From the Hebrew name יִשַׁי (Yishai), which possibly means "gift". In the Old Testament Jesse is the father of King David. It began to be used as an English given name after the Protestant Reformation. A famous bearer was Jesse James (1847-1882), an American outlaw who held up banks and stagecoaches. He was eventually shot by a fellow gang member for a reward. Another famous bearer was the American athlete Jesse Owens (1913-1980), whose real name was James Cleveland (or J. C.) Owens.
Jip m & f Frisian, Dutch
Frisian short form of Germanic names such as Gijsbert or Gijsberta. This is the name of a boy in the Dutch children's book series Jip and Janneke, first published 1952.
Jo f & m English, German, Dutch, Norwegian
Short form of Joan 1, Joanna, Josephine and other names that begin with Jo. It is primarily masculine in German, Dutch and Norwegian, short for Johannes or Josef.
Job m Biblical, Biblical French, Dutch
From the Hebrew name אִיּוֹב ('Iyyov), which means "persecuted, hated". In the Book of Job in the Old Testament he is a righteous man who is tested by God, enduring many tragedies and hardships while struggling to remain faithful.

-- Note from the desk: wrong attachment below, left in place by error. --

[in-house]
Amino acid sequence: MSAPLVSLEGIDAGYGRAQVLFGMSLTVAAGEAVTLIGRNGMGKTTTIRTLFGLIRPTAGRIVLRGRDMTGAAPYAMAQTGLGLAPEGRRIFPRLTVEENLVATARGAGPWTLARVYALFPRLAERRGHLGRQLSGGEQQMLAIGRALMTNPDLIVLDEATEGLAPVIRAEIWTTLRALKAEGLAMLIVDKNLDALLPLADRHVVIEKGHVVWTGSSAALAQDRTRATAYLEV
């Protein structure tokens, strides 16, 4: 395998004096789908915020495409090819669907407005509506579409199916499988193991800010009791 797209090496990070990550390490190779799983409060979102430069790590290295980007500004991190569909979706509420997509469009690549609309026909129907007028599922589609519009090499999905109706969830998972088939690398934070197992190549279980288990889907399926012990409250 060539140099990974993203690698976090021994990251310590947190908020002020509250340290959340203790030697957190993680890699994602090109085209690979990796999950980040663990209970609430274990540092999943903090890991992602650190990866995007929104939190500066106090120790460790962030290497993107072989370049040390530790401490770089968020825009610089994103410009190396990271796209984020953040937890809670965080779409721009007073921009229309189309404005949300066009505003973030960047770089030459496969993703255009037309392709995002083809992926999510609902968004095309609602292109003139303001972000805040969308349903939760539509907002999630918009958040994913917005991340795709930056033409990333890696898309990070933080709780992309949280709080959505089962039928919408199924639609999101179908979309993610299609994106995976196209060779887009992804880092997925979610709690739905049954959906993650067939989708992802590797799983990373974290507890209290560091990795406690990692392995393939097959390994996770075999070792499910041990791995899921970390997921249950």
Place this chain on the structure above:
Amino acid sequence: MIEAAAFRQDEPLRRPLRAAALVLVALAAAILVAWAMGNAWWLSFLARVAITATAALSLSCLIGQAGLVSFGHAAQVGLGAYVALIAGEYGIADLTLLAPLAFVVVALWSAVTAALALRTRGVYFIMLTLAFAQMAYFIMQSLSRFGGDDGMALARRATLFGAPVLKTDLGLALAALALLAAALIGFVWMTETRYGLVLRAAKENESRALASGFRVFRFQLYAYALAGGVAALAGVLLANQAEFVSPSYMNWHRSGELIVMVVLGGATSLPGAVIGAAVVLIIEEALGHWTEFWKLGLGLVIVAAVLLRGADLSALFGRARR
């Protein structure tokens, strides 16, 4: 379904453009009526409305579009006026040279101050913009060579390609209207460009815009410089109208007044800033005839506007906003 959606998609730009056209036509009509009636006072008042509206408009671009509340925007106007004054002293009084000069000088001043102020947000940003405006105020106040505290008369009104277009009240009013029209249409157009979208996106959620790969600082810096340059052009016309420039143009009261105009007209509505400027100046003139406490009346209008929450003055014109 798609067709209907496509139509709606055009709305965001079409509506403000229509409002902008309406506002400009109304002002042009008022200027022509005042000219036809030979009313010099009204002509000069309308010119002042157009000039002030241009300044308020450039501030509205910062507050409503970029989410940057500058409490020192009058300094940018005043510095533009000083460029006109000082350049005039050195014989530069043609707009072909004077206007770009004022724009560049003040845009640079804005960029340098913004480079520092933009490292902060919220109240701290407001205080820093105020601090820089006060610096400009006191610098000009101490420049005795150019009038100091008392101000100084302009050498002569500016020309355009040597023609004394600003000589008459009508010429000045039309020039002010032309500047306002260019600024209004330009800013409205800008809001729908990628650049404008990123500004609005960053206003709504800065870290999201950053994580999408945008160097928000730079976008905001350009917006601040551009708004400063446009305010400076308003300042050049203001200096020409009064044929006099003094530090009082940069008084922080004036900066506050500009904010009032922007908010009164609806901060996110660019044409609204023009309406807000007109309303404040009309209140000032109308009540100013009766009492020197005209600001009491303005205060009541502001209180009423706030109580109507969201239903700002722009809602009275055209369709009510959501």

Jochem m Dutch
Dutch form of Joachim.
Jodocus m Dutch (Archaic), Medieval Breton (Latinized)
Latinized form of Judoc (see Joyce).
Joël m French, Dutch
French and Dutch form of Joel.
Joep m Dutch
Dutch diminutive of Jozef.
Joeri m Dutch
Dutch form of Yuriy.
Johan m Swedish, Norwegian, Danish, Dutch
Scandinavian and Dutch form of Iohannes (see John).
Johannes m German, Dutch, Swedish, Norwegian, Danish, Finnish, Estonian, Late Roman
Latin form of Greek Ioannes (see John). Notable bearers include the inventor of the printing press Johannes Gutenberg (1398-1468), astronomer Johannes Kepler (1571-1630) and composer Johannes Brahms (1833-1897).
John m English, Swedish, Danish, Norwegian, Dutch, Biblical
English form of Iohannes, the Latin form of the Greek name Ἰωάννης (Ioannes), itself derived from the Hebrew name יוֹחָנָן (Yochanan) meaning "Yahweh is gracious", from the roots יוֹ (yo) referring to the Hebrew God and חָנַן (chanan) meaning "to be gracious". The Hebrew form occurs in the Old Testament (spelled Johanan or Jehohanan in the English version), but this name owes its popularity to two New Testament characters, both highly revered saints. The first is John the Baptist, a Jewish ascetic who is considered the forerunner of Jesus. He baptized Jesus and was later executed by Herod Antipas. The second is the apostle John, who is traditionally regarded as the author of the fourth gospel and Revelation. With the apostles Peter and James (his brother), he was part of the inner circle of Jesus.... [more]